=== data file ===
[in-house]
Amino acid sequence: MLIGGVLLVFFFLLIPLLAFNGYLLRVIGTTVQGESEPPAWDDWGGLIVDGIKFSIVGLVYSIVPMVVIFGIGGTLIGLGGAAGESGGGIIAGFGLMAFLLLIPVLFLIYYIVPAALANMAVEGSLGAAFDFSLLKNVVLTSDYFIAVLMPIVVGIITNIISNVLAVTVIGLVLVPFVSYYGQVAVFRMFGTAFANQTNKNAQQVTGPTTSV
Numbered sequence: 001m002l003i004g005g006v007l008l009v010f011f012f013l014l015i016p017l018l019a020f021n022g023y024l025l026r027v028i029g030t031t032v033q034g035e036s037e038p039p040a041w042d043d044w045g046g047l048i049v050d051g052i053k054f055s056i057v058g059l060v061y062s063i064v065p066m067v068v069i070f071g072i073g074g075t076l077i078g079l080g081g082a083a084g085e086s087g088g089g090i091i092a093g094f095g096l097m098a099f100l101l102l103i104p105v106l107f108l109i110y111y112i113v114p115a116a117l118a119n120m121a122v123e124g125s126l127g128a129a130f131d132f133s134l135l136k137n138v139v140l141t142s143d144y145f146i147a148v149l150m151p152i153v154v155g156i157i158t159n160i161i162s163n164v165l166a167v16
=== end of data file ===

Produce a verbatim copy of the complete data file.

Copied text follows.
[in-house]
Amino acid sequence: MLIGGVLLVFFFLLIPLLAFNGYLLRVIGTTVQGESEPPAWDDWGGLIVDGIKFSIVGLVYSIVPMVVIFGIGGTLIGLGGAAGESGGGIIAGFGLMAFLLLIPVLFLIYYIVPAALANMAVEGSLGAAFDFSLLKNVVLTSDYFIAVLMPIVVGIITNIISNVLAVTVIGLVLVPFVSYYGQVAVFRMFGTAFANQTNKNAQQVTGPTTSV
Numbered sequence: 001m002l003i004g005g006v007l008l009v010f011f012f013l014l015i016p017l018l019a020f021n022g023y024l025l026r027v028i029g030t031t032v033q034g035e036s037e038p039p040a041w042d043d044w045g046g047l048i049v050d051g052i053k054f055s056i057v058g059l060v061y062s063i064v065p066m067v068v069i070f071g072i073g074g075t076l077i078g079l080g081g082a083a084g085e086s087g088g089g090i091i092a093g094f095g096l097m098a099f100l101l102l103i104p105v106l107f108l109i110y111y112i113v114p115a116a117l118a119n120m121a122v123e124g125s126l127g128a129a130f131d132f133s134l135l136k137n138v139v140l141t142s143d144y145f146i147a148v149l150m151p152i153v154v155g156i157i158t159n160i161i162s163n164v165l166a167v16